Good articles GH and Kent

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Posted by Ballpark Frank ( on 10:55:40 04/04/14

In Reply to: Good read GH posted by Kent

Granite Head and Kent,

It is beneficial to the pursuit of truth to see researchers examining studies and conclusions with critical eyes. I have so many reactions to these articles, I doubt I will be able to give voice to all of them, but I will give it a shot.

1.) One of my more global reactions is gratitude for non-government researchers being given access to Yellowstone to conduct studies. Anyone familiar with the Craighead era, and what happened when many of their findings conflicted with park manager's preconceived notions, knows what I'm talking about. We had a "kill the messenger" culture ruling the roost. It would be naive to assume that all vestiges of that culture have been eliminated, but things are markedly better.

2.) Another "view from 50,000 feet" observation is a sense of mystery and wonder at just how researchers in the fields of biology, botany, ecology, ornithology, zoology, and any others I've forgotten to list analyze collected data. I tried to gain an understanding of multivariate analysis once upon a time, but all I got for my psychic investment was a crushing headache. Anyone who has stumbled upon any of the research transects involved in the aspen/beaver/elk/willow/wolf studies that are away from the road system knows that the sites tend to be well-chosen for giving all the key variables representation.

3.) Drilling down a bit, I have to mention that I remember the first article or two that were published in Yellowstone Science and other GYE publications. Doug Smith and other compadres were careful to couch what they were talking about in terms of "here is what we think we are seeing" or "here is what might be going on". They were pretty cautious about coming out and declaring absolutes. Unfortunately, those who were looking desperately for any evidence to bolster their preconceived notions seized on those articles, and conveniently forgot the caveats.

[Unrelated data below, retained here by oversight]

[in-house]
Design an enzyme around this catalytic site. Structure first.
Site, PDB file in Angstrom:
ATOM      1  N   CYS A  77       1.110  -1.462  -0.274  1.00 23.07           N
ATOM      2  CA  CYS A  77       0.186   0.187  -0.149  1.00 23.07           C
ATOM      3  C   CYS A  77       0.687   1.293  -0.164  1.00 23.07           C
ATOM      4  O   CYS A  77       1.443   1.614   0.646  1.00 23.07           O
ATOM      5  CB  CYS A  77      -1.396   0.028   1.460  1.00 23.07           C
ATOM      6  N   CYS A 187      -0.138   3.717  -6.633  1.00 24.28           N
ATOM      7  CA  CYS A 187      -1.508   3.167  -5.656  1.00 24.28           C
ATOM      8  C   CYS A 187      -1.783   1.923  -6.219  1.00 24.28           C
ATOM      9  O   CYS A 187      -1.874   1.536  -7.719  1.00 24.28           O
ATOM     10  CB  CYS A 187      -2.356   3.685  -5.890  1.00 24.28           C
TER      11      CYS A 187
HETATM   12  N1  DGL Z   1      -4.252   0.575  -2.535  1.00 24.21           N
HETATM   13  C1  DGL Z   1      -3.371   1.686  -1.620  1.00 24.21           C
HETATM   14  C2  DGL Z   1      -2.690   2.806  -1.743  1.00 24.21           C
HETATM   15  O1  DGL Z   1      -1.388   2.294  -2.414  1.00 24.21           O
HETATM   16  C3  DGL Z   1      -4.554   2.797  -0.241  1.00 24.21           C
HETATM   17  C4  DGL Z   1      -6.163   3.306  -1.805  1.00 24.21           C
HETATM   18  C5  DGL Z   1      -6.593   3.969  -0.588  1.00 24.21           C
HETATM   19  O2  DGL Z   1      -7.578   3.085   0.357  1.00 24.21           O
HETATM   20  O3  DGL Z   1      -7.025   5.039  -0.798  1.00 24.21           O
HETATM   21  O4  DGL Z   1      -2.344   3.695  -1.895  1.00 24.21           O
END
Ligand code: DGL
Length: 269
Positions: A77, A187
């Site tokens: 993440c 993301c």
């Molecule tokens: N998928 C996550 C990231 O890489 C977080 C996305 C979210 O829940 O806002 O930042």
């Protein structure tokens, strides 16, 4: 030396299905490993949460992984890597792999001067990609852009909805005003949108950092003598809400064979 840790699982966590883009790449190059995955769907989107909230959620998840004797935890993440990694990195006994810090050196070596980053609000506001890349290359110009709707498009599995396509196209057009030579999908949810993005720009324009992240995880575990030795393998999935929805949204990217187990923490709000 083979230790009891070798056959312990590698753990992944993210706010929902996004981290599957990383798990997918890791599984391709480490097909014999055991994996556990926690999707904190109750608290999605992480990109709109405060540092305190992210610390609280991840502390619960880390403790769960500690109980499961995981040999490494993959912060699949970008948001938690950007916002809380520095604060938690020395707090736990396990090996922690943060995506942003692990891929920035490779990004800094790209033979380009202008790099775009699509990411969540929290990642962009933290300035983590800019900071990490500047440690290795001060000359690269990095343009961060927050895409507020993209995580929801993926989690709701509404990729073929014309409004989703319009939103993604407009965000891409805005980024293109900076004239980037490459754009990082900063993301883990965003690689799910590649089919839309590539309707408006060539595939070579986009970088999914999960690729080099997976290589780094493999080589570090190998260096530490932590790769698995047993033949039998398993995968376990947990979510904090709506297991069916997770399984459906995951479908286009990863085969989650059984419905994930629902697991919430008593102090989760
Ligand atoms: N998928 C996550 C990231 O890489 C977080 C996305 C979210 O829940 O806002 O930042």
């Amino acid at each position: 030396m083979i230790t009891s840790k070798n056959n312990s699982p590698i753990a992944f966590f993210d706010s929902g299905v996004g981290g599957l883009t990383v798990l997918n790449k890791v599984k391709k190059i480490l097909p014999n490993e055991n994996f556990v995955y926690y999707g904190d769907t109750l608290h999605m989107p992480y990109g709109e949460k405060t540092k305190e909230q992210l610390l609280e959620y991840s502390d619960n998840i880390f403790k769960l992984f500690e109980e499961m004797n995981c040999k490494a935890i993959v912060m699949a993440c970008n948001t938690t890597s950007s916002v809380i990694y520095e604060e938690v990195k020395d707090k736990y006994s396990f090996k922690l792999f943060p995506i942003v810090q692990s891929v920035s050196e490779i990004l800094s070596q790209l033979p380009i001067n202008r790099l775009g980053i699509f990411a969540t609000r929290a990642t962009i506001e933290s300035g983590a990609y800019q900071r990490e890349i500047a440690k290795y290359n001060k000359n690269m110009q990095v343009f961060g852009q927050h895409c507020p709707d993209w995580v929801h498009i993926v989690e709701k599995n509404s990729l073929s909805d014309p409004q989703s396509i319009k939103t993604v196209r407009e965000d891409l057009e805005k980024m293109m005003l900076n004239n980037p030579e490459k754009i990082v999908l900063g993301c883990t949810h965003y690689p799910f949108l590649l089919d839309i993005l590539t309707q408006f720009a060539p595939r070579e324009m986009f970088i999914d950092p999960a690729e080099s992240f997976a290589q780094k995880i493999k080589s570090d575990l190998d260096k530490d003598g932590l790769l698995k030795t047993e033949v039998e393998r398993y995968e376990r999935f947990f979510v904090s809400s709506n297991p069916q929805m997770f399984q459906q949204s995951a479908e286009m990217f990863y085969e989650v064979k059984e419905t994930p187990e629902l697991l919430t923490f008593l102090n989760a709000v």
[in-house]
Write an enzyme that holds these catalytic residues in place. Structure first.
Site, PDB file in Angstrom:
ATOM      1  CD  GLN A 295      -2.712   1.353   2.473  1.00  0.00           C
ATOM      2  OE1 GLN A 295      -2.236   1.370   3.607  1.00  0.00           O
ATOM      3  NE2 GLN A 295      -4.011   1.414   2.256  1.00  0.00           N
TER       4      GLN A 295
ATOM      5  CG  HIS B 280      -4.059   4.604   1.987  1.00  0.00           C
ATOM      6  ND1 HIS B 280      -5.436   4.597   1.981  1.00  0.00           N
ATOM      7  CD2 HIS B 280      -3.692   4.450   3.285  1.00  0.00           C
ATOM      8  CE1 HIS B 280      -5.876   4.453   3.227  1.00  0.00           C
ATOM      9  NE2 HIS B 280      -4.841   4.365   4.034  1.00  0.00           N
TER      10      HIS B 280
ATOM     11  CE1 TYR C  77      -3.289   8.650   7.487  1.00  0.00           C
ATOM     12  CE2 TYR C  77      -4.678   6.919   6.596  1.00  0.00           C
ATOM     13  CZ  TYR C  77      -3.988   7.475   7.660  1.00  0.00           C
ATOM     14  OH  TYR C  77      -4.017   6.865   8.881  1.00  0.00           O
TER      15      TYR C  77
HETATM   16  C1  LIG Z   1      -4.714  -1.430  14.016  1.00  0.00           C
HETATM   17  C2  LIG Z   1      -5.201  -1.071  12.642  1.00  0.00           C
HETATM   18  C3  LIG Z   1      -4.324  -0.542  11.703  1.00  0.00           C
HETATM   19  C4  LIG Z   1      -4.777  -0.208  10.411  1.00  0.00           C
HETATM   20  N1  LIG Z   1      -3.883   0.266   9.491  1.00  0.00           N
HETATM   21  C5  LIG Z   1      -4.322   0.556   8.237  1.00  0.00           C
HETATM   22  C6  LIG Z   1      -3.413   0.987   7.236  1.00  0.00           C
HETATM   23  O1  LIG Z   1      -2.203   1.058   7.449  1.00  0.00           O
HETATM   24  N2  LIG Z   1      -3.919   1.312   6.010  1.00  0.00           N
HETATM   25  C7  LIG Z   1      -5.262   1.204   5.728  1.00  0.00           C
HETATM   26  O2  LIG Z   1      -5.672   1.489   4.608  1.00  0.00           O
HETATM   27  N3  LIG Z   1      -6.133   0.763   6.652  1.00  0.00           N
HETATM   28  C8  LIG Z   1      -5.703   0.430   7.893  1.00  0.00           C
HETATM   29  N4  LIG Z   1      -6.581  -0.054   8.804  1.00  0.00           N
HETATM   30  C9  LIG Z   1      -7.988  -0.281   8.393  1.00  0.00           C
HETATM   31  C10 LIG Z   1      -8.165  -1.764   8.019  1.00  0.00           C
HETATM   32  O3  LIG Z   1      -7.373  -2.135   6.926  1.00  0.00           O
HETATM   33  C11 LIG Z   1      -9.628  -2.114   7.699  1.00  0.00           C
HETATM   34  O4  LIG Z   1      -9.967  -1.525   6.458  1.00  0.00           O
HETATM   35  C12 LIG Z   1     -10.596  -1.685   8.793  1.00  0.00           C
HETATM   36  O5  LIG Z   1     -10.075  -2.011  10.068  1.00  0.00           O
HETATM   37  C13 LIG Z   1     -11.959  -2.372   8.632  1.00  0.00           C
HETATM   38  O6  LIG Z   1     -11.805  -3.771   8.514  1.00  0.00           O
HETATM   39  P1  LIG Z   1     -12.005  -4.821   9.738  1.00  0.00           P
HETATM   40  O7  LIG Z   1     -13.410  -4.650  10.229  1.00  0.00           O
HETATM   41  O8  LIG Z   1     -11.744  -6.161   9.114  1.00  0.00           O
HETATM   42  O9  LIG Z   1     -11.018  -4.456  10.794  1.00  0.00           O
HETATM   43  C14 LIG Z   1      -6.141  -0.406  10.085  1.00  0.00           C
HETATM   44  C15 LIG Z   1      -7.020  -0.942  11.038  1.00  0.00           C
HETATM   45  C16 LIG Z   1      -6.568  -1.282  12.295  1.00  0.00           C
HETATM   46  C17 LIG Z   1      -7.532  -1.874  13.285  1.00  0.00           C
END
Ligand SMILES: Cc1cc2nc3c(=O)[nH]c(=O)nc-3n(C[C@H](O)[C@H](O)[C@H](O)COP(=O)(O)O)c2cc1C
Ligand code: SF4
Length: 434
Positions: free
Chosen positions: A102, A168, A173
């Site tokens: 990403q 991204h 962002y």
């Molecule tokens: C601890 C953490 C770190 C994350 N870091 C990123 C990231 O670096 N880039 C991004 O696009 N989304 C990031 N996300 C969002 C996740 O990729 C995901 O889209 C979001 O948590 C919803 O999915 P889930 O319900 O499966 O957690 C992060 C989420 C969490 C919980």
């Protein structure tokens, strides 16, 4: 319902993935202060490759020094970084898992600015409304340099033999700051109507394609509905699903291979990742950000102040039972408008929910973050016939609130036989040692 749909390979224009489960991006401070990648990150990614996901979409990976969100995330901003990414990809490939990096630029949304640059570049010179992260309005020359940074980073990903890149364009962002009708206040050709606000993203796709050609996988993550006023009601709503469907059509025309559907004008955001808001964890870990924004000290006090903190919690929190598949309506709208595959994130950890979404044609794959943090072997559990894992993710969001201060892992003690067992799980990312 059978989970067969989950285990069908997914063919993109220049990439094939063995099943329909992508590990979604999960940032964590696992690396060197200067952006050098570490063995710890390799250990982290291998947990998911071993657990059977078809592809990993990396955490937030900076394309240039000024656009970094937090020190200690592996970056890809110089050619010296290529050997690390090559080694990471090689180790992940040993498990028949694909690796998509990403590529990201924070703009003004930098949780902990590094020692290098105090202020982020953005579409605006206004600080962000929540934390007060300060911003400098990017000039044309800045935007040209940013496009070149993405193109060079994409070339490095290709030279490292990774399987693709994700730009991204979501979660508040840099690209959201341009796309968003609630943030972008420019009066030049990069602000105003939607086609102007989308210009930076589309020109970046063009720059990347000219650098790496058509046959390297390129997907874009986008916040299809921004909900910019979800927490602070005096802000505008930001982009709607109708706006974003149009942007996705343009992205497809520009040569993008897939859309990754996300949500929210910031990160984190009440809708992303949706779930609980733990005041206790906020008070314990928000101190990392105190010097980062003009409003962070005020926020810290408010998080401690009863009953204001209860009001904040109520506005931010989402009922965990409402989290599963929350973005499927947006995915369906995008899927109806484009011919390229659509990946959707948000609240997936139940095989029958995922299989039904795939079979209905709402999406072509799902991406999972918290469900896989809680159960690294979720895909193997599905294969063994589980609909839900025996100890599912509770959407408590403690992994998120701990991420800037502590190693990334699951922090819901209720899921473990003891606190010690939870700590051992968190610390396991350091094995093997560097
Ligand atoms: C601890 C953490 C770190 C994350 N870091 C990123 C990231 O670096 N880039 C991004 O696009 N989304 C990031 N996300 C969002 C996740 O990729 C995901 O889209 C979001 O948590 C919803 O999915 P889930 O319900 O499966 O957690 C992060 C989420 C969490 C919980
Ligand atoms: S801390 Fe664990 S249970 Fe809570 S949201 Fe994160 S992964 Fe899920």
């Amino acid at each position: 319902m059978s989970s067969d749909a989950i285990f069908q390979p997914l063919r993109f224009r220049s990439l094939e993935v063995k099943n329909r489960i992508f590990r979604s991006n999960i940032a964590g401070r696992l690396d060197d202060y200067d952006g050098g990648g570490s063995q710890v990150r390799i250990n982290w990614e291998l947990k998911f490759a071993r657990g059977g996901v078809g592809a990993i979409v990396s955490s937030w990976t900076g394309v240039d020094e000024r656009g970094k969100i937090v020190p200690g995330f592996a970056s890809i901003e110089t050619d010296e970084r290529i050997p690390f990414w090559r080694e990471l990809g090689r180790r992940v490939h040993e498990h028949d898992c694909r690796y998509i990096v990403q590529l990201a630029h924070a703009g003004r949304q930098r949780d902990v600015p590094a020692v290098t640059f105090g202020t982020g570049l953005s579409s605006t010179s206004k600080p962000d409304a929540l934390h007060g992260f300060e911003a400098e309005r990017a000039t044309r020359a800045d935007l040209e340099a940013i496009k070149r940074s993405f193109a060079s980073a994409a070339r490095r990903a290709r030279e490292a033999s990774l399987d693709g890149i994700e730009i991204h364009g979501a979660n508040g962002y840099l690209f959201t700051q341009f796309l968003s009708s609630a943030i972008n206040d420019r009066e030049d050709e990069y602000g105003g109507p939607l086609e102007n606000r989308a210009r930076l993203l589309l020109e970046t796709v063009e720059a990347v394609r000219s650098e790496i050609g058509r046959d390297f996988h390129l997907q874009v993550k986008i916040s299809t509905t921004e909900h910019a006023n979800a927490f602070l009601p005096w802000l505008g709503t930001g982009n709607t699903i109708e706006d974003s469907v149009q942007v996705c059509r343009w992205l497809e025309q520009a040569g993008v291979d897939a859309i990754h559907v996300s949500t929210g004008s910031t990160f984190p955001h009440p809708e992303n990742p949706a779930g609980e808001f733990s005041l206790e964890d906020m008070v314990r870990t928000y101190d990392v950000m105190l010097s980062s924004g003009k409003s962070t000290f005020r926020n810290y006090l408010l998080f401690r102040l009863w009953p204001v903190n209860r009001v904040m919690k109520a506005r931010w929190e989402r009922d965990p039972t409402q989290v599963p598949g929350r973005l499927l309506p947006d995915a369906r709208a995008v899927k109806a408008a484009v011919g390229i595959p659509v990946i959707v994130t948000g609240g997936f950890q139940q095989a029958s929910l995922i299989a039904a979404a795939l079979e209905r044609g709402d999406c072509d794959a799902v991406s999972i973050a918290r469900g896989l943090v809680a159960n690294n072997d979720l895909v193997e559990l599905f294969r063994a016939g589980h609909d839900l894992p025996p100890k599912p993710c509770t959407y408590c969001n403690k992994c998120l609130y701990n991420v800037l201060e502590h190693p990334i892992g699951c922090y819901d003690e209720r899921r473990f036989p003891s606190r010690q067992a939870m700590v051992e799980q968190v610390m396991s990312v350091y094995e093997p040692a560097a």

3.) There are other variables that many people, including the authors of these articles, fail to include in their discussion. One mighty factor is wildfire. The 1988 Fires had some hefty impact on portions of Yellowstone. Now, having had elementary education in statistics and research design, I have to acknowledge that "correlation does not imply causation", but I have always found it suspicious that the relative disappearance of moose followed the fires. Sure, the fires did not directly kill moose, but they sure wiped out a lot of critical winter range (higher elevation spruce/fir forest).

4.) Everyone wants to write off the beavers! What's up with that? I have seen a steady progression in the beaver population over the past several decades. I'm hesitant to attribute it to any one factor, but I know from all the time I have spent in Yellowstone that beaver are repopulating quite a few geographies. Speaking of variables, here's a good one many folks ignore. When someone starts talking about what constitutes good beaver habitat, and waxes nostalgic about the "good old days", when there were all sorts of beaver colonies, I listen intently for geographic references. I spent a lot of time in my volunteer days at Rocky Mountain National Park, studying beaver and searching out evidence, both past and present, of their colonies (over a decade). I found rather large abandoned beaver works that nobody else seemed aware of. They were away from the trails and roads, but when you stepped back and looked at all the key variables for good beaver habitat, they had all or most of them. If you played "CSI Beaver", you could usually figure out why the area was abandoned. Quite often, it had to do with critical changes in water supply. Hard to be a beaver in the absence of water! There are a number of areas in Yellowstone that exhibit evidence of beaver having tried to establish a colony, but cyclic changes in water volume present an inordinate challenge. Upper Pebble Creek is a classic example. The valley appears to be beaver paradise, with a perpetual creek and an abundance of willows. Unfortunately, this really is marginal beaver habitat. Every once in a while, a monster winter, like those in 95/96, 96/97, and apparently this winter, result in so much snow deposition that the spring melt produces heavy stream flows that just blow the dams out in a big way. After the winter of 95/96, we saw incredible bank damage in parts of Upper Pebble Creek. There were a few areas where the stream had gouged the outer portion of a sharp bend into a bank 10 to 15 feet high. It was brutal! My belief is that there are a lot of watercourses in Yellowstone that just do not present viable opportunities for long term beaver habitation. I suspect some ecologists believe beaver should be able to thrive anywhere there is water.

5.) I agree with your paraphrasing of Mench. Sanctity and sinnerhood are in the eye of the beholder!


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